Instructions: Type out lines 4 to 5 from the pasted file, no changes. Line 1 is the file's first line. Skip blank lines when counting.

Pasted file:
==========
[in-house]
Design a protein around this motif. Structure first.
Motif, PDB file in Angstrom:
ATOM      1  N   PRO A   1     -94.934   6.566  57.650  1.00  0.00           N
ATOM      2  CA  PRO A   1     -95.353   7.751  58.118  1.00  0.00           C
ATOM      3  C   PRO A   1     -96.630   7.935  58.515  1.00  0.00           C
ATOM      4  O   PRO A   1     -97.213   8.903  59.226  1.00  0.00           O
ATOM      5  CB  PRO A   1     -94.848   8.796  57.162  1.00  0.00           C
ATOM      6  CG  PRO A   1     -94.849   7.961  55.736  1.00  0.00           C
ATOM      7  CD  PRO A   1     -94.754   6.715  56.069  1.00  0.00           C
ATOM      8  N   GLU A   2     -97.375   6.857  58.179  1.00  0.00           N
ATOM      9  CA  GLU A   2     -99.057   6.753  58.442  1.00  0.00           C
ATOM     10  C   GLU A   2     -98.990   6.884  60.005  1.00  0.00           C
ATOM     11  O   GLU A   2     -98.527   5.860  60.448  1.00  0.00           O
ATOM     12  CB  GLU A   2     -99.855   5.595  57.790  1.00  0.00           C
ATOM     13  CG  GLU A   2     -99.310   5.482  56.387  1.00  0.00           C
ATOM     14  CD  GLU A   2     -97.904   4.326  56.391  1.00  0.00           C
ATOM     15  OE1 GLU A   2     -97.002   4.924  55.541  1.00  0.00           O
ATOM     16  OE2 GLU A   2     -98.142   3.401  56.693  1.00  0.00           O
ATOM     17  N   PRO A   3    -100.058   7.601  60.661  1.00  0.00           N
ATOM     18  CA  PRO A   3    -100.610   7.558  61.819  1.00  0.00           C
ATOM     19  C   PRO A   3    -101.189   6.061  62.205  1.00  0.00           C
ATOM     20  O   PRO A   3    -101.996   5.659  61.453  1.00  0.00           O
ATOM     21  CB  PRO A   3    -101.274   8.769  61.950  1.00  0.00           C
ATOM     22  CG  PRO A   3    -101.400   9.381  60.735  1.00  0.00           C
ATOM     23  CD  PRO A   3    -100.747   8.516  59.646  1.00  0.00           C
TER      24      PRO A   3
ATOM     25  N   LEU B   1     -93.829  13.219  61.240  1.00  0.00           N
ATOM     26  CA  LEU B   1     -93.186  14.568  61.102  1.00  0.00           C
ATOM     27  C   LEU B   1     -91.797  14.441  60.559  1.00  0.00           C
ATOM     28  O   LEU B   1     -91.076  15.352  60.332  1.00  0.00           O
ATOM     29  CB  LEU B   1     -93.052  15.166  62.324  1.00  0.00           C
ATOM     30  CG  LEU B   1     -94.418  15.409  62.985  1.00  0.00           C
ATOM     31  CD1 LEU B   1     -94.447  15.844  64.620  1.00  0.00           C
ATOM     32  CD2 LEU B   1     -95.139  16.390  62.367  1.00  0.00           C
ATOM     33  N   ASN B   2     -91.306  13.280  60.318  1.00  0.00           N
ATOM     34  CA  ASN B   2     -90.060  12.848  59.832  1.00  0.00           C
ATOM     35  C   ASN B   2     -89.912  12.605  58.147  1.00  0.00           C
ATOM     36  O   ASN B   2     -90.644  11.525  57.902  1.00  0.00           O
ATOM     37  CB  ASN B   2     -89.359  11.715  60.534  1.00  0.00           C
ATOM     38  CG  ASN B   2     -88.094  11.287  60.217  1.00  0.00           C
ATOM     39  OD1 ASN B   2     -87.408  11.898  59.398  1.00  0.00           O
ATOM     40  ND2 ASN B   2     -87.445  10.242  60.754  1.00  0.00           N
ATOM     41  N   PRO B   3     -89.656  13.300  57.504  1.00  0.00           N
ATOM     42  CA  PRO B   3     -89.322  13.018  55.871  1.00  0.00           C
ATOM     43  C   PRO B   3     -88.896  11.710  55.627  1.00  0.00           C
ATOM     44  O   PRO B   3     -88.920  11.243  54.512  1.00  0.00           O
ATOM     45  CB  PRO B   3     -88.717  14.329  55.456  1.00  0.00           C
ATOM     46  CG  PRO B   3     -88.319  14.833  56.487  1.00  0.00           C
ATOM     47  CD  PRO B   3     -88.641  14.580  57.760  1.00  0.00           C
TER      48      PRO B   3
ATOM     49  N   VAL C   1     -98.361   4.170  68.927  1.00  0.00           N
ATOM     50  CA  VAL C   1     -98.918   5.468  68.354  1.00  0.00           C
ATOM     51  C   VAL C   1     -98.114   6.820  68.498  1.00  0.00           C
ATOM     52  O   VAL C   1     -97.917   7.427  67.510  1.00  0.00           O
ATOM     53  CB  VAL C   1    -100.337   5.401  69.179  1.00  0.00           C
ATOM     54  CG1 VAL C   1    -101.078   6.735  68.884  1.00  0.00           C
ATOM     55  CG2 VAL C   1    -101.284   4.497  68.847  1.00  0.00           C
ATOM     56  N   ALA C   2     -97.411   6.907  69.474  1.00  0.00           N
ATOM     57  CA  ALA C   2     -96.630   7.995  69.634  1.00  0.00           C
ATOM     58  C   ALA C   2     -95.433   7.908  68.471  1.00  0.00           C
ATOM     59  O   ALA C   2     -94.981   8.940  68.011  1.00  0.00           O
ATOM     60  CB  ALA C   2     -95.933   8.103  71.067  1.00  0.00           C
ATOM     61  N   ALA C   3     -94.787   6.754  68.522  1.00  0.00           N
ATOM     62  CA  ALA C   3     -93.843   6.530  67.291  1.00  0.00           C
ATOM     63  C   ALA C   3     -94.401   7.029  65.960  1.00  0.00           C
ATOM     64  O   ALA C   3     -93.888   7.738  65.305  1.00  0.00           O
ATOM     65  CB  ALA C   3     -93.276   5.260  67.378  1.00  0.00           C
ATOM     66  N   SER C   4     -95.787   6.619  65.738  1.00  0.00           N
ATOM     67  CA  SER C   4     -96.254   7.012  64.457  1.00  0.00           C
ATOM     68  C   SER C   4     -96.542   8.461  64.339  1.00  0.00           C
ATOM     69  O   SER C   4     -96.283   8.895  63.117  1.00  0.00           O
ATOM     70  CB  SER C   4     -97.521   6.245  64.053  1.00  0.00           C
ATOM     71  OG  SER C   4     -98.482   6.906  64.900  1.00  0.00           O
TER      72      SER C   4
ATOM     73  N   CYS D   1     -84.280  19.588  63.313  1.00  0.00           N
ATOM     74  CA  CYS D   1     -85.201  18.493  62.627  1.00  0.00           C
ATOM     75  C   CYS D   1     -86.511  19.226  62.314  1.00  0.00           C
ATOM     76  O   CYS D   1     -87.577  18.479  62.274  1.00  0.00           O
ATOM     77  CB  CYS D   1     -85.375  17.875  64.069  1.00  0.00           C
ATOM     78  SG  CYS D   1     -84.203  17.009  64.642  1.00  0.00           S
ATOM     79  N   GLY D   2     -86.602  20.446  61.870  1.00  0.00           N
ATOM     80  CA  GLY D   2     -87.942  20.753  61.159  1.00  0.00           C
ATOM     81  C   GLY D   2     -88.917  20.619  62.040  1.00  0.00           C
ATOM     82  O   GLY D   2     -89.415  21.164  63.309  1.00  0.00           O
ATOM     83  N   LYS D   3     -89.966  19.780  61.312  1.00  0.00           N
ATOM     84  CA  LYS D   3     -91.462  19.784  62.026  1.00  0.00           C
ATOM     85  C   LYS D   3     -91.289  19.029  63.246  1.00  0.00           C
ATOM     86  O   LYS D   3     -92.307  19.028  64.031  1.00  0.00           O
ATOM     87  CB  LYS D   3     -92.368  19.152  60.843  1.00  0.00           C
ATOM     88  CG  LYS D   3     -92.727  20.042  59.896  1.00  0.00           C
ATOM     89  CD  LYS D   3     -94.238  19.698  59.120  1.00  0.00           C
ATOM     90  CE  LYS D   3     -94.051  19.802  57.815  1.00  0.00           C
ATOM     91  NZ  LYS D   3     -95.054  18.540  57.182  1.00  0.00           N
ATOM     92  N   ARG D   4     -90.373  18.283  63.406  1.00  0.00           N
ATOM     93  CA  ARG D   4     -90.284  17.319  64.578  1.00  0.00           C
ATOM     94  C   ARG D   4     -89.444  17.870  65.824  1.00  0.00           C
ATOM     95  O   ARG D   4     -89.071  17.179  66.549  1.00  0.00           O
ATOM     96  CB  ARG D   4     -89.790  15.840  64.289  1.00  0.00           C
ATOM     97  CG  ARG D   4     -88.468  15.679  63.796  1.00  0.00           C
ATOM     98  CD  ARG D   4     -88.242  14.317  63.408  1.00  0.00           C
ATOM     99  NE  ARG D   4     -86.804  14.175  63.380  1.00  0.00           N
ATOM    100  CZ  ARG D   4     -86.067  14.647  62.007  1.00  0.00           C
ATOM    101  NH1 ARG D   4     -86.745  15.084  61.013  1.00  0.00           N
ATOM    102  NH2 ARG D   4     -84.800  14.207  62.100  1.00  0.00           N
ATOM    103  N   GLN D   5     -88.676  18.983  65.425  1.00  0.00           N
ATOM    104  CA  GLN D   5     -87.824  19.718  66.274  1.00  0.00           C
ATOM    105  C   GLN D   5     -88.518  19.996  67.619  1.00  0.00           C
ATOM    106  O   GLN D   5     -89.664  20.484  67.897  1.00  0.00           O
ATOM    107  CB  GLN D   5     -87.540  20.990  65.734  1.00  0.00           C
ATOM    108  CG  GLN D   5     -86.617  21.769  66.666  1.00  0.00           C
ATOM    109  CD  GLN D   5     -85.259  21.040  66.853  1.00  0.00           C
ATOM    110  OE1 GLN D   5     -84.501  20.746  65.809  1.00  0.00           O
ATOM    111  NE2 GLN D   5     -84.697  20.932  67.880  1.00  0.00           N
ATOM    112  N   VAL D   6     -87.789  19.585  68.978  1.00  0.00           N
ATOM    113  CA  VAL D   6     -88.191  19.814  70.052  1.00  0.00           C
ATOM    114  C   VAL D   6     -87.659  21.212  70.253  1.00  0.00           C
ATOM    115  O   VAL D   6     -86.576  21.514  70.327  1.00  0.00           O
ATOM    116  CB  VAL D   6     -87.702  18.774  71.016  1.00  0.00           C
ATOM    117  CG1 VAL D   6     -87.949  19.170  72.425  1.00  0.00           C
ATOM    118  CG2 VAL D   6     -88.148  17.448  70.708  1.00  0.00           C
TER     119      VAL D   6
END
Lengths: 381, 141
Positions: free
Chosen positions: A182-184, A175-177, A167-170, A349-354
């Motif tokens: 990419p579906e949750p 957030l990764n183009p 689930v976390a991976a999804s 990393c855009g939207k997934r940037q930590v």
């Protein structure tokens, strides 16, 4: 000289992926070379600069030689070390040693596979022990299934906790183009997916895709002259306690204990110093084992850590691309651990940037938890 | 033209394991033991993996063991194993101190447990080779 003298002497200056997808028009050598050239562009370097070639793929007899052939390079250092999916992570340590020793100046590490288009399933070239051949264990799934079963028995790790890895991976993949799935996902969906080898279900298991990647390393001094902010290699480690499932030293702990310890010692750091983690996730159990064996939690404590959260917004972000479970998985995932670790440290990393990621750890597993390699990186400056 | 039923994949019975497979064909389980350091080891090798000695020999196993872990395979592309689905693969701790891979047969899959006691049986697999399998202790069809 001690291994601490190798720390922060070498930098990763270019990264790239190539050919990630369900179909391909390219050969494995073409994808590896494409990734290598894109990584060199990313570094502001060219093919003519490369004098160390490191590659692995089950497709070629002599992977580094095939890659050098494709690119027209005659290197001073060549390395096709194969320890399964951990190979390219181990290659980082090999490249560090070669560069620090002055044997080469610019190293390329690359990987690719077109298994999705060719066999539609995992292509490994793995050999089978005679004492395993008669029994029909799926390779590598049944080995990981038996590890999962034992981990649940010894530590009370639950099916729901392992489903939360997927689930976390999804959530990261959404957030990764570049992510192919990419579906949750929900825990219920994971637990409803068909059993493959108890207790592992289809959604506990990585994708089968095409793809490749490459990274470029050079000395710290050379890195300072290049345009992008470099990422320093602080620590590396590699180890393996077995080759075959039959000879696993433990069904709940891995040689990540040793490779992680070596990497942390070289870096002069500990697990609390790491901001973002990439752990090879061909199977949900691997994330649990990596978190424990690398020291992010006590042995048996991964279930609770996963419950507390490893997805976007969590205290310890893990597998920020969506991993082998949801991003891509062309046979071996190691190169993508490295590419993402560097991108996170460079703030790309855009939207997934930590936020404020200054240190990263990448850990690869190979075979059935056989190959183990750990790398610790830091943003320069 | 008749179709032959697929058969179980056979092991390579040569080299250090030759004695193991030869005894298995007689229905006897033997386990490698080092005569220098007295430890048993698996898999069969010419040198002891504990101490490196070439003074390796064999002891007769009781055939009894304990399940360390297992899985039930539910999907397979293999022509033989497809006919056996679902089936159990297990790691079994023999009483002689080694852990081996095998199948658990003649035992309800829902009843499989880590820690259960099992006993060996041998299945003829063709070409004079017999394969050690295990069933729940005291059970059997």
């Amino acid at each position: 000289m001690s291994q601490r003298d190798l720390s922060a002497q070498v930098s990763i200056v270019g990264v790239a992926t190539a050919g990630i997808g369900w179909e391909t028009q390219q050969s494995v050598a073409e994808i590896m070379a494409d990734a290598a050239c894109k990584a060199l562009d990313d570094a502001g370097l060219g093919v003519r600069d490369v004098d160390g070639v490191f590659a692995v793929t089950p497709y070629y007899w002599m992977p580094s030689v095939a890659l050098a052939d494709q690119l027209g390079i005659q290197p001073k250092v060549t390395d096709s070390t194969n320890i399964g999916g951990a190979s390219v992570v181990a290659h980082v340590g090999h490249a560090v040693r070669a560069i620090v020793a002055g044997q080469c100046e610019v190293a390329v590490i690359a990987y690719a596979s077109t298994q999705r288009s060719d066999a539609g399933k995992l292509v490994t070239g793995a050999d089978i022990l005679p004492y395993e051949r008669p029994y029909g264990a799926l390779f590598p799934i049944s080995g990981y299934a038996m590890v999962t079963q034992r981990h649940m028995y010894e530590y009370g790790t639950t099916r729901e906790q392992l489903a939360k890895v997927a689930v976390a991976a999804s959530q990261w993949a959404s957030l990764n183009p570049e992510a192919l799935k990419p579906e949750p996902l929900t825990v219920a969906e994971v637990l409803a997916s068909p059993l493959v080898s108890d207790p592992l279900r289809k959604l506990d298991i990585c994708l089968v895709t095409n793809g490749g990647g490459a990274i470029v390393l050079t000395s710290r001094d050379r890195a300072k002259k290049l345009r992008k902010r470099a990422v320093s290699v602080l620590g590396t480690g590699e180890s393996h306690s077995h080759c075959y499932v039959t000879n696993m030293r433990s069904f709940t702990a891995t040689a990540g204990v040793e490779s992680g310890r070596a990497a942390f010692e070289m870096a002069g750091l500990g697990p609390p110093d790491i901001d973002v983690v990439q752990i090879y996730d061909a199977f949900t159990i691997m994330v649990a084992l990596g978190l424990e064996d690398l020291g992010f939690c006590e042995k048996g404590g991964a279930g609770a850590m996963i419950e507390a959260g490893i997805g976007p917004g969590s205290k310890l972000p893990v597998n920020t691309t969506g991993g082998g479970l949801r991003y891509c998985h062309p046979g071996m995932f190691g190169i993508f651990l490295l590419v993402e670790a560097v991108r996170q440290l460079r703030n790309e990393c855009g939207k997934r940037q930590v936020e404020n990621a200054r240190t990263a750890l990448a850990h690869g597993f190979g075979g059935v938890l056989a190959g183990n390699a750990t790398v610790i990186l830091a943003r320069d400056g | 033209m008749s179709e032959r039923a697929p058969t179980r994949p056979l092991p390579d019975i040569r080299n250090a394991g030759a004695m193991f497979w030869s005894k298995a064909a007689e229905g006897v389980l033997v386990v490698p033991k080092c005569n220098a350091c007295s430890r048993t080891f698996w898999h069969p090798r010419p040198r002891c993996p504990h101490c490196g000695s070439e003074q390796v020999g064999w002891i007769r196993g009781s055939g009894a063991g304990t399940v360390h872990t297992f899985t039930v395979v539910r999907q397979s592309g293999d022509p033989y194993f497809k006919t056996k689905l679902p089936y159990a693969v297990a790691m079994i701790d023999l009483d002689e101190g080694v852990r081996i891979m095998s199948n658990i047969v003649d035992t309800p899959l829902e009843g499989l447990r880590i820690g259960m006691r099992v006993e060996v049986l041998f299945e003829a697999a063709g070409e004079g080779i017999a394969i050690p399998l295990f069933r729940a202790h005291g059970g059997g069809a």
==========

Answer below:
ATOM      1  N   PRO A   1     -94.934   6.566  57.650  1.00  0.00           N
ATOM      2  CA  PRO A   1     -95.353   7.751  58.118  1.00  0.00           C